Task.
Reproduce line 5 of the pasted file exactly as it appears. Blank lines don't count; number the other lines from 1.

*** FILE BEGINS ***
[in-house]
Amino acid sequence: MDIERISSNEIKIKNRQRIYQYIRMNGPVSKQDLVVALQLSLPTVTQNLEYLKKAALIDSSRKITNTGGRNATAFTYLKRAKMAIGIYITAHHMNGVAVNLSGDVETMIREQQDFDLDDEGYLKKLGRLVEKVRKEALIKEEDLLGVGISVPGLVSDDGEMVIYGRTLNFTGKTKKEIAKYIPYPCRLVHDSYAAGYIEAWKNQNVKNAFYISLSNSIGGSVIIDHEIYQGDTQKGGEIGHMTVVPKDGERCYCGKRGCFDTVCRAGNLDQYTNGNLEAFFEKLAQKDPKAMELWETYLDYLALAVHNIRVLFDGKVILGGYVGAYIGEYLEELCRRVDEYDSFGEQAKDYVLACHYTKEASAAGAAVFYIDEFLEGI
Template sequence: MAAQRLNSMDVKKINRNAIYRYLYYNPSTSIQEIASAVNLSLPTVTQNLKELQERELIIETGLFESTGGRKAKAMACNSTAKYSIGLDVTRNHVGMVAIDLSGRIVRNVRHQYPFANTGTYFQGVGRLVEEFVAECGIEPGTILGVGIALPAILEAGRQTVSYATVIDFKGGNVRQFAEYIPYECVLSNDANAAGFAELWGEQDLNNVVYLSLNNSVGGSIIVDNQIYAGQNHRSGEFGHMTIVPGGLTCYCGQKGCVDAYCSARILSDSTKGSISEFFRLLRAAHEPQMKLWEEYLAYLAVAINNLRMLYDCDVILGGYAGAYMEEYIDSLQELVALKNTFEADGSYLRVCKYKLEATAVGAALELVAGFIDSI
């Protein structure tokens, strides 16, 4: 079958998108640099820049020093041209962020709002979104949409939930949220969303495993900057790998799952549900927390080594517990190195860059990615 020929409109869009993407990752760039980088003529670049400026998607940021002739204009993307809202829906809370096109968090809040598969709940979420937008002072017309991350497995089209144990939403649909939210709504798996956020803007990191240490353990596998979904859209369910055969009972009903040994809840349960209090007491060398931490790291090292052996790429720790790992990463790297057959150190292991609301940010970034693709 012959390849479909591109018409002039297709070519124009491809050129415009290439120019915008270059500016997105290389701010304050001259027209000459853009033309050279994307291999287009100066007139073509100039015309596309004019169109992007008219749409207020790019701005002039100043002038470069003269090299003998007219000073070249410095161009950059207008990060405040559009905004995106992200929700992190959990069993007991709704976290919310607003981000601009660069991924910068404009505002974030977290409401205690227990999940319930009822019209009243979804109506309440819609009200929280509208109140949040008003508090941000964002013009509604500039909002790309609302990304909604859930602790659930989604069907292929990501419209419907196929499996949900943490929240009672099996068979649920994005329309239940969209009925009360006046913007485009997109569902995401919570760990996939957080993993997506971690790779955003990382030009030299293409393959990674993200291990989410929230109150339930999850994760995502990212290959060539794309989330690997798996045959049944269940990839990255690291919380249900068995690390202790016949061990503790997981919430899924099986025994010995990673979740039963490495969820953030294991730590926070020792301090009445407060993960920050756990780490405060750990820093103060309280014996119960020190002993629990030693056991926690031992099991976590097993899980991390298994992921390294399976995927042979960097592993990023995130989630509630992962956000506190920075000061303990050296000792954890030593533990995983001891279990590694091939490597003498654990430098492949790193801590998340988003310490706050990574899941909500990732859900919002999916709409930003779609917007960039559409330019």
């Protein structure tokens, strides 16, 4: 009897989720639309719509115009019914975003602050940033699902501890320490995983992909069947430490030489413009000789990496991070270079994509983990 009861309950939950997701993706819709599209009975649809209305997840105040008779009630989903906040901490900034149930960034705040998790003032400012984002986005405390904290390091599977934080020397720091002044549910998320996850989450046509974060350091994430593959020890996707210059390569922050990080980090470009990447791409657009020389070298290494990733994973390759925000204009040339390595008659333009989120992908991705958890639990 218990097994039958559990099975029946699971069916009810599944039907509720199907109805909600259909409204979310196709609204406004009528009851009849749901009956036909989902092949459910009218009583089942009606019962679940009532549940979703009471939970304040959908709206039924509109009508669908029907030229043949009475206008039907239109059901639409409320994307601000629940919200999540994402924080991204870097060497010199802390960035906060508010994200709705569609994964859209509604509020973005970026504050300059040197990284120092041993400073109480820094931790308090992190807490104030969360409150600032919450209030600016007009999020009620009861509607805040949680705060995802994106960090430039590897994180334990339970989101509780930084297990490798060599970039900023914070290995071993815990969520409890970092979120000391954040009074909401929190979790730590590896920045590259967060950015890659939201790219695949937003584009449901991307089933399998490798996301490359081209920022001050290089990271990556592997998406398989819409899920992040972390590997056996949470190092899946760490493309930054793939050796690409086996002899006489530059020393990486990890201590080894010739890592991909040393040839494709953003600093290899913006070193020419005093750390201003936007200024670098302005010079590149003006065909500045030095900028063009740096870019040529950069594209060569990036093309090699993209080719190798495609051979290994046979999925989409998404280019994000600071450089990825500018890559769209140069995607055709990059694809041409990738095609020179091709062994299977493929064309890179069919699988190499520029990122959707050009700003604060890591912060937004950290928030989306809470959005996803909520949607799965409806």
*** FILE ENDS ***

């Protein structure tokens, strides 16, 4: 009897989720639309719509115009019914975003602050940033699902501890320490995983992909069947430490030489413009000789990496991070270079994509983990 009861309950939950997701993706819709599209009975649809209305997840105040008779009630989903906040901490900034149930960034705040998790003032400012984002986005405390904290390091599977934080020397720091002044549910998320996850989450046509974060350091994430593959020890996707210059390569922050990080980090470009990447791409657009020389070298290494990733994973390759925000204009040339390595008659333009989120992908991705958890639990 218990097994039958559990099975029946699971069916009810599944039907509720199907109805909600259909409204979310196709609204406004009528009851009849749901009956036909989902092949459910009218009583089942009606019962679940009532549940979703009471939970304040959908709206039924509109009508669908029907030229043949009475206008039907239109059901639409409320994307601000629940919200999540994402924080991204870097060497010199802390960035906060508010994200709705569609994964859209509604509020973005970026504050300059040197990284120092041993400073109480820094931790308090992190807490104030969360409150600032919450209030600016007009999020009620009861509607805040949680705060995802994106960090430039590897994180334990339970989101509780930084297990490798060599970039900023914070290995071993815990969520409890970092979120000391954040009074909401929190979790730590590896920045590259967060950015890659939201790219695949937003584009449901991307089933399998490798996301490359081209920022001050290089990271990556592997998406398989819409899920992040972390590997056996949470190092899946760490493309930054793939050796690409086996002899006489530059020393990486990890201590080894010739890592991909040393040839494709953003600093290899913006070193020419005093750390201003936007200024670098302005010079590149003006065909500045030095900028063009740096870019040529950069594209060569990036093309090699993209080719190798495609051979290994046979999925989409998404280019994000600071450089990825500018890559769209140069995607055709990059694809041409990738095609020179091709062994299977493929064309890179069919699988190499520029990122959707050009700003604060890591912060937004950290928030989306809470959005996803909520949607799965409806």